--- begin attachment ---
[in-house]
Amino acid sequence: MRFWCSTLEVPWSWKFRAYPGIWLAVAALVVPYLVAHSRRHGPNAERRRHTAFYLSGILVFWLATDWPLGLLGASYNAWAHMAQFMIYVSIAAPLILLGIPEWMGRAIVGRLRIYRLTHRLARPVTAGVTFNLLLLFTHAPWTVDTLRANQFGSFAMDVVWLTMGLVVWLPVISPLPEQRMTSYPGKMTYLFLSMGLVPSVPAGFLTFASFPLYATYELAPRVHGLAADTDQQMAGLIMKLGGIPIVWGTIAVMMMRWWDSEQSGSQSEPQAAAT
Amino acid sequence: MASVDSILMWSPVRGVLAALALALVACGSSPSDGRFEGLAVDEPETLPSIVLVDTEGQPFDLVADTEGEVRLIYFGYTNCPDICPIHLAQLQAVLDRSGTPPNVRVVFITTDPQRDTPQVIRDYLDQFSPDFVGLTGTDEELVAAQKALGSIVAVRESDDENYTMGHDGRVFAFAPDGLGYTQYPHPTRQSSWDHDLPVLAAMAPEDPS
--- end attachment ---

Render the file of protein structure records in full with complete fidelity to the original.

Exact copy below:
[in-house]
Amino acid sequence: MRFWCSTLEVPWSWKFRAYPGIWLAVAALVVPYLVAHSRRHGPNAERRRHTAFYLSGILVFWLATDWPLGLLGASYNAWAHMAQFMIYVSIAAPLILLGIPEWMGRAIVGRLRIYRLTHRLARPVTAGVTFNLLLLFTHAPWTVDTLRANQFGSFAMDVVWLTMGLVVWLPVISPLPEQRMTSYPGKMTYLFLSMGLVPSVPAGFLTFASFPLYATYELAPRVHGLAADTDQQMAGLIMKLGGIPIVWGTIAVMMMRWWDSEQSGSQSEPQAAAT
Amino acid sequence: MASVDSILMWSPVRGVLAALALALVACGSSPSDGRFEGLAVDEPETLPSIVLVDTEGQPFDLVADTEGEVRLIYFGYTNCPDICPIHLAQLQAVLDRSGTPPNVRVVFITTDPQRDTPQVIRDYLDQFSPDFVGLTGTDEELVAAQKALGSIVAVRESDDENYTMGHDGRVFAFAPDGLGYTQYPHPTRQSSWDHDLPVLAAMAPEDPS